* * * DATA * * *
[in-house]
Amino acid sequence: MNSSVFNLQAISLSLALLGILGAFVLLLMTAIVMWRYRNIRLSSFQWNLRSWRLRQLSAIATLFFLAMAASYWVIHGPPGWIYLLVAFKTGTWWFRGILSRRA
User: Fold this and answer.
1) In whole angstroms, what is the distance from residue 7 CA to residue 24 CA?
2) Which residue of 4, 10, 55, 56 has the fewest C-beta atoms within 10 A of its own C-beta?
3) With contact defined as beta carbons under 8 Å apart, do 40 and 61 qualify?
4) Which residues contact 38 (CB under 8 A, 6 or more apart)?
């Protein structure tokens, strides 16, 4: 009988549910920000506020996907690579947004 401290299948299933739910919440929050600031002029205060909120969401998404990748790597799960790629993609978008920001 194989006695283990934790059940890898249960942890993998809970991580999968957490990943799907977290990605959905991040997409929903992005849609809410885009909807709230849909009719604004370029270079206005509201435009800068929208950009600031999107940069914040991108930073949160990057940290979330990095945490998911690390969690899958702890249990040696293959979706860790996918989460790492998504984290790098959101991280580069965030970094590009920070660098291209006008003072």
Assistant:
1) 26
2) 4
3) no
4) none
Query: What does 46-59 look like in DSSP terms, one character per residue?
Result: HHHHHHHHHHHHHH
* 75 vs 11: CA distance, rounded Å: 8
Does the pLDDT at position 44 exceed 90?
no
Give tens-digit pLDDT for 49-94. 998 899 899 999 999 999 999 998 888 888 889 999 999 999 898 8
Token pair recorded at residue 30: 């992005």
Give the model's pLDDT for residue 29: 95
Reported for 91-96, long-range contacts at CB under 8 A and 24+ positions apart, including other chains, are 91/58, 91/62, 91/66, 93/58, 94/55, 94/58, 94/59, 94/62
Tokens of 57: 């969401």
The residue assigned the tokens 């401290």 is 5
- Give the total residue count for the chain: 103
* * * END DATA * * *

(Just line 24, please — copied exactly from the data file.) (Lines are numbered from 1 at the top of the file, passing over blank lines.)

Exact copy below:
The residue assigned the tokens 């401290």 is 5